So I got up there and got things set up while I waited for the drivers meeting. Was surprised to find there were only two foreigners racing, myself included. The other guy is a decent guy known as “the fastest gaijin in Okinawa”! He’s got a 850-900whp GTR and with his new slicks and launch control ALS system was looking for a solid performance in B-class (5.5-6.0s to go 150m). I was in the much more lowly D-class (6.5-7.0s).
Free practice didn’t pass without claiming the first casualty of the day. A Verossa with a huge Turbonetics turbo on decided to do the whole run with his right wheels spinning while the left ones were sticking. Have no idea what happened there but it wasn’t good and that was the end of his day. Although to be fair it was a car prepared by Ram Garage, who don’t really have the best reputation for building solid cars. They did have by far the loudest car there though: a naturally aspirated 1st generation RX-7. The thing was pretty but damn was it loud! As he was cruising down to the starting line he was putting his hands together and doing an apologetic bow in his car while everyone was trying to plug their ears!
A second casualty was narrowly averted when a red Hachi Roku’s bonnet flipped up on the first practice run of the day. They were lucky the bonnet was carbon fibre or that could have smashed the windscreen. As it happened there was no damage at all and it could continue running through the rest of the day. That Hachi Roku was by far the best looking car out there at the drags this time, although it was surprisingly slow for a car that had been completely gutted out for racing.
Timed practice then followed and I was consistent, but not setting the world on fire. Best thing in these runs were my reaction times, 0.100s, 0.043s and a very impressive 0.005s. While the latter could be deemed as a great reaction time, it is also dangerously close to a red light. Things were feeling great though, even though I was a little off the pace (7.0s for the 150m including my reaction time was about 0.2s off my best), but I wasn’t up there to break records this time.
When qualifying came around I was in a pretty decent mood, despite the heat. Unfortunately, my luck didn’t hold through the qualifying runs. We had 3 qualifying passes and on 2 of them I went a fraction too early and red-lighted. I think there were a couple of reasons that my reaction times were so low in practice and then were causing me to red-light. Firstly, the temperature was hot as hell on the track and plenty of rubber had been laid down at the start so maybe I was making better traction than before. In addition, the launch control and motor mounts were helping me to stay planted on the line and not wheelspin as I was before, making me a bit zippier from the start. But two out of three qualifying runs red-lighted was not great. I was hoping it got them out of my system but I had to be careful in the afternoon.
So my car had made it through the morning session and while everyone tried to keep cool during the lunch break. I went out to take a few photos of the cars but didn’t have so much energy to be fair so apologies if the shots are not up to their usual standards. But after some photos and more taking on of liquids it was time for the tournament proper. This would be a knockout, first-past-the-post affair, so getting to the 150m mark before the other car and without getting a red light was what it was all about. I went up to the board and was surprised to see that despite my not so great 7.1s showing in qualifying, there were only 2 cars in the class quicker than me! Possibly the heat had helped traction but just taken the edge off everyone’s speeds. Whatever had caused it, this class was now wide open and I had a bye in the first round due to my time.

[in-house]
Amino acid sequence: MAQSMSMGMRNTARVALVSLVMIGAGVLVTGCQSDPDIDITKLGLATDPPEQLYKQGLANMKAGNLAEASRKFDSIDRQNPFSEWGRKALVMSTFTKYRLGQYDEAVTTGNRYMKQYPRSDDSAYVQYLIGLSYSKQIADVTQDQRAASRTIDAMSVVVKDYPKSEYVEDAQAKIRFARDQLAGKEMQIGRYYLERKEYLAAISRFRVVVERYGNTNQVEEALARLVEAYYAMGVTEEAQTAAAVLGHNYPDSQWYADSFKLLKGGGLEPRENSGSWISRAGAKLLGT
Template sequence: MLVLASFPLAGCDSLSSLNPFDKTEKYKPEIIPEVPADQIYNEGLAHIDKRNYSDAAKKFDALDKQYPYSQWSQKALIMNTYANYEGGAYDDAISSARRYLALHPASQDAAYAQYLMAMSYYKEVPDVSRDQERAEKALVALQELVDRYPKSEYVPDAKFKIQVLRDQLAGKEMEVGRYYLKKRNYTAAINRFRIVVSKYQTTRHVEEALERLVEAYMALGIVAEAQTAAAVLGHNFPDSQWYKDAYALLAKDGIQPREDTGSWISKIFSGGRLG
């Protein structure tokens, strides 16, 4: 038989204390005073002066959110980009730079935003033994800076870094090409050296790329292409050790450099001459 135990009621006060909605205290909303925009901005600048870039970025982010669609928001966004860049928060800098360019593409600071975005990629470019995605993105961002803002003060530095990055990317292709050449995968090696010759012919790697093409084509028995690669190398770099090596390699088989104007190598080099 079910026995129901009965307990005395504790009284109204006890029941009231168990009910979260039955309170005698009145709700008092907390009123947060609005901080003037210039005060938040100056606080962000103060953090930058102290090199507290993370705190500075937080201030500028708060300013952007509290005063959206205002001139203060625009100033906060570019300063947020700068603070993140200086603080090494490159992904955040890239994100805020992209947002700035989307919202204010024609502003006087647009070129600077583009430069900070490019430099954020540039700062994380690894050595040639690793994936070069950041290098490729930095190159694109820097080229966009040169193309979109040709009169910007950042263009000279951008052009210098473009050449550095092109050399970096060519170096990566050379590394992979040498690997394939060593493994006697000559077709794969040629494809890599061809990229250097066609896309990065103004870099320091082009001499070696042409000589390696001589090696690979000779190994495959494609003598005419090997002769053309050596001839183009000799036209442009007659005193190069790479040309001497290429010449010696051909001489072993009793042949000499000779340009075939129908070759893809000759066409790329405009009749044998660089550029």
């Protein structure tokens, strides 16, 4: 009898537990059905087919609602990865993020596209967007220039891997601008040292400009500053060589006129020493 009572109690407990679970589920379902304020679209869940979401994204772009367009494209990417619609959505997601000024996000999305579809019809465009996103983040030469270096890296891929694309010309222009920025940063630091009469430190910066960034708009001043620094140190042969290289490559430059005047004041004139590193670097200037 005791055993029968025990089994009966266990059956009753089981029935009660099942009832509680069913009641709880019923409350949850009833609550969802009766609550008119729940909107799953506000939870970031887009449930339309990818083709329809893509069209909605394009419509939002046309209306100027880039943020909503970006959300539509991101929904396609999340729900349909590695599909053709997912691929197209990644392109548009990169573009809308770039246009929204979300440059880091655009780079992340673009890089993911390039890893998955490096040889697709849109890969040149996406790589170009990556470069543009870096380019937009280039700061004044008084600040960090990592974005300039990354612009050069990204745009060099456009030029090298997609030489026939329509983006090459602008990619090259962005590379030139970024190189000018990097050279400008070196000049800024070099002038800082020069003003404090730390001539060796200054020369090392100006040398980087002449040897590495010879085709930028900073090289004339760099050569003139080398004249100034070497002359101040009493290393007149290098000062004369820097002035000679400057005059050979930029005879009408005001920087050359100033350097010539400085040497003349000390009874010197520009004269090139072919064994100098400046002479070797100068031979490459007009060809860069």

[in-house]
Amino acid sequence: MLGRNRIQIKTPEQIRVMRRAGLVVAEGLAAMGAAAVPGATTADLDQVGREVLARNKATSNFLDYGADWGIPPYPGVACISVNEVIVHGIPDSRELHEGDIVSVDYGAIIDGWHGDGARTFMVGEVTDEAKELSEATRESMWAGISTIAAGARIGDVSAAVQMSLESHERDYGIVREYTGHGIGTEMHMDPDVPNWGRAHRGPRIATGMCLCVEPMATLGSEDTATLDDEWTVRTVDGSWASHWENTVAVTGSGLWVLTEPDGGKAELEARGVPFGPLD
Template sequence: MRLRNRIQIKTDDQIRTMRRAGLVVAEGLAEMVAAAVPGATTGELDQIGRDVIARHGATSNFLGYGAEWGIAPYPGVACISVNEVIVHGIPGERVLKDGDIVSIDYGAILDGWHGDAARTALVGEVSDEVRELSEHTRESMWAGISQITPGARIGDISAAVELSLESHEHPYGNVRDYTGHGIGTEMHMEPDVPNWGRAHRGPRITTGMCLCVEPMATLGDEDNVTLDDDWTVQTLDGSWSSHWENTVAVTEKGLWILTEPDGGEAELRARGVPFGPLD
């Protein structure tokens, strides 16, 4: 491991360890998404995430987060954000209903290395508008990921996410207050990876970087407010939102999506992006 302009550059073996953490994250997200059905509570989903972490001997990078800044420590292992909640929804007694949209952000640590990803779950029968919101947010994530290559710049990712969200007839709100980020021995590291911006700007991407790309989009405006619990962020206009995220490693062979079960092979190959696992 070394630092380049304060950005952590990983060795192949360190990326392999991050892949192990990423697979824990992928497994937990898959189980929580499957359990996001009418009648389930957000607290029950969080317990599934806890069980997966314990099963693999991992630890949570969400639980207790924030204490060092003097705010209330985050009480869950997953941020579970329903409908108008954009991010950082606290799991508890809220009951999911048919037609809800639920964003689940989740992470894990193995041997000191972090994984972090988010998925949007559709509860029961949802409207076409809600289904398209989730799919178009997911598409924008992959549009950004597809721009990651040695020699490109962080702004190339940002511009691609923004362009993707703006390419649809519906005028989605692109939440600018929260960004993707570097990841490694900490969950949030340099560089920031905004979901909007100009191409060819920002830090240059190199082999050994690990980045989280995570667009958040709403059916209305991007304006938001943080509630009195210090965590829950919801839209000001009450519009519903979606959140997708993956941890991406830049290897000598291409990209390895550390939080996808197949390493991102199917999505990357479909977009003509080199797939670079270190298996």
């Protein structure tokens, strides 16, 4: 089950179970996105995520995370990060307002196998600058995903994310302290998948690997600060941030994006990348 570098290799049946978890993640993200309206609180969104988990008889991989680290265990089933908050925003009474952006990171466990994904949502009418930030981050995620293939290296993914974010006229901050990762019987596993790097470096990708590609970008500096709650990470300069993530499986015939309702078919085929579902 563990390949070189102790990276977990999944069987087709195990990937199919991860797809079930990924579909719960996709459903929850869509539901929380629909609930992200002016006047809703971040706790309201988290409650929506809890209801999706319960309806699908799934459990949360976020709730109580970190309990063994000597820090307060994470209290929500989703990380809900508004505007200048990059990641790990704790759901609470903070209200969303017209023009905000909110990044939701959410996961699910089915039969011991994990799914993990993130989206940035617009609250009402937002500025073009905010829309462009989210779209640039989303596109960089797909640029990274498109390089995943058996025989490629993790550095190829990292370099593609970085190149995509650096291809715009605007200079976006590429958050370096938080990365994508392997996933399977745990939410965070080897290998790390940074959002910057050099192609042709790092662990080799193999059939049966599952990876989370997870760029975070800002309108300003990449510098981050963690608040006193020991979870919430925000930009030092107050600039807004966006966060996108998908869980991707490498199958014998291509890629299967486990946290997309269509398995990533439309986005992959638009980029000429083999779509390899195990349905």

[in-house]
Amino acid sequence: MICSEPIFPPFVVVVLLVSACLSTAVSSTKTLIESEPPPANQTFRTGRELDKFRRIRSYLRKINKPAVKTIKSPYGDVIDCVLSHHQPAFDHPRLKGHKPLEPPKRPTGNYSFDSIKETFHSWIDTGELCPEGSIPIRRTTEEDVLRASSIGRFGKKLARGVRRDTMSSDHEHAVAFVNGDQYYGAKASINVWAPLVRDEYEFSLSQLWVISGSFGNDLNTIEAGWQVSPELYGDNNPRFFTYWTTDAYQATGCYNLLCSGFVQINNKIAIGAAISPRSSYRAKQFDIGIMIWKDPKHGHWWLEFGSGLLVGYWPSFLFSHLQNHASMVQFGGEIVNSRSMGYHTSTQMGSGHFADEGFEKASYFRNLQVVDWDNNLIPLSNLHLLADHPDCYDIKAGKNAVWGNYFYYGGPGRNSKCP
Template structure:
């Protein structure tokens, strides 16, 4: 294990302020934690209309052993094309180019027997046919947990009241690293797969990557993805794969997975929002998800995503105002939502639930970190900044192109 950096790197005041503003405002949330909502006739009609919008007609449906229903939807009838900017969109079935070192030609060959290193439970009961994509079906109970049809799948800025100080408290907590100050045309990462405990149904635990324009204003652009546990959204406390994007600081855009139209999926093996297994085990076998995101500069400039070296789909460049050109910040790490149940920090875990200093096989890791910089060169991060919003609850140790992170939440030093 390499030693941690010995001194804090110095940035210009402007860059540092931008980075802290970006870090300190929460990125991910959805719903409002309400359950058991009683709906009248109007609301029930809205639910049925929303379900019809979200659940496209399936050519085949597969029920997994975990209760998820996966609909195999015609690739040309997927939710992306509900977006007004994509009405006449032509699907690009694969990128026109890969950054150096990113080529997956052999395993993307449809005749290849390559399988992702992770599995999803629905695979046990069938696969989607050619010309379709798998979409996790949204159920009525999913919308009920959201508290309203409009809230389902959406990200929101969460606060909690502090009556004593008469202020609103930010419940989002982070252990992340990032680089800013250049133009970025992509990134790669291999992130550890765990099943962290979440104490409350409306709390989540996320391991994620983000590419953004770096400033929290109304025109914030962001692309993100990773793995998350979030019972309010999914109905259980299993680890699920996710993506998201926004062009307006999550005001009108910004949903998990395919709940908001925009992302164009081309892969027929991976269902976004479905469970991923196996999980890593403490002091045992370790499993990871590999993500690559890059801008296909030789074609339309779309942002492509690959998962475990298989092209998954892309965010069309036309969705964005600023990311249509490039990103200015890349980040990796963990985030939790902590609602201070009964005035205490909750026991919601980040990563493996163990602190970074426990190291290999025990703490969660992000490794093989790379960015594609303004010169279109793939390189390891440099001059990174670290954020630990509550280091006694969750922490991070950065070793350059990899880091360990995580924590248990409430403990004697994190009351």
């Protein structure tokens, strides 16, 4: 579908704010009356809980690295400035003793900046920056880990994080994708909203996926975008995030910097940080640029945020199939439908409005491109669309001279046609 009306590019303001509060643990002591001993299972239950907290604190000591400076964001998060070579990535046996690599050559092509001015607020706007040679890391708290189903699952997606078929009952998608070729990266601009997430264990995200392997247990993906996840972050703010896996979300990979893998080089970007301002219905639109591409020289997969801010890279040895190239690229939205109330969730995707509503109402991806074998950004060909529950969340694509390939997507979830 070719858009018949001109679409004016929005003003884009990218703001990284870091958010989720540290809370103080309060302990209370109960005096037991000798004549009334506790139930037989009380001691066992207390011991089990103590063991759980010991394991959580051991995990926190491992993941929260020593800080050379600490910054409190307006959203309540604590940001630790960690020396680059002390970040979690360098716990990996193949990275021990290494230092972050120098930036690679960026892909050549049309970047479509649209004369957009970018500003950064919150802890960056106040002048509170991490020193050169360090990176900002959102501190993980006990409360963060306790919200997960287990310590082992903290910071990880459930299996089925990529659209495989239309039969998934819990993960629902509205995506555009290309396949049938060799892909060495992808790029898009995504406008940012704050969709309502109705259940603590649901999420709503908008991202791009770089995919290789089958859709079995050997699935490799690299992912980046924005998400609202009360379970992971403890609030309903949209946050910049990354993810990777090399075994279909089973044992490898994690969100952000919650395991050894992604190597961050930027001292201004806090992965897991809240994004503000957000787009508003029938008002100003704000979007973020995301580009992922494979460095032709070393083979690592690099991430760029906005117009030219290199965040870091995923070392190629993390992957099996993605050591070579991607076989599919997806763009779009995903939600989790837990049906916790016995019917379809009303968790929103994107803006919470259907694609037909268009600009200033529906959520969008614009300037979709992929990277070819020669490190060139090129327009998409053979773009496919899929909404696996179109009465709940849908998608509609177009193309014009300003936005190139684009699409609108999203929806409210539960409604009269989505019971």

So I took the first run nice and steady, making sure I didn’t go too early. My 2nd run was against the green RX-7, and next to that thing I could hardly hear my engine at all! Was a little distracting but I got staged first and waited on the line for him to roll up. As the lights went green I dropped the clutch and got ahead right at the launch. I was expecting him to pull some ground back on me through 2nd and into 3rd gear but I kept a decent lead on him and I think I won by a car or two’s length. Probably made a few people happy up there as they were no longer in danger of hearing loss! It also got me one race closer to a final. One thing I was noticing now though was that I was very wary of the starting lights and not wanting to red light. While this morning I was dropping the clutch as the 3rd amber light lit up, now I was leaving it a split second longer, doubling my reaction times and more to 0.243s.
My 2nd run was almost a carbon copy of the first, with me getting a decent start off the line and then keeping the lead as I went through the finish line. The other non-Japanese guy was doing pretty well too, getting through to the semi-final as I had just done. He was making little tweaks with each pass and looking stronger all the time. We were also talking between runs about how we both like to get staged at the lights before the other guy so we’re not rushing to do everything once we’re in position. And yes, there is a surprising amount to watch and think about doing drag racing – it’s not just plant your foot and go for it. But I was in the semi-final and whatever happened I would have two more races to go. I went down to the start line to take a look at the tournament table and just as I did a car that was running in my class started to dump coolant all over the ground at the line, but then proceeded to do a full run (perhaps not noticing the huge leak). And the leak was pretty substantial – it required a bunch of people with towels and such to get the track dry. It looked like it had blown a radiator or a hose had come off for it to have dropped that much coolant in such a small time, and was probably close to overheating (if it hadn’t done).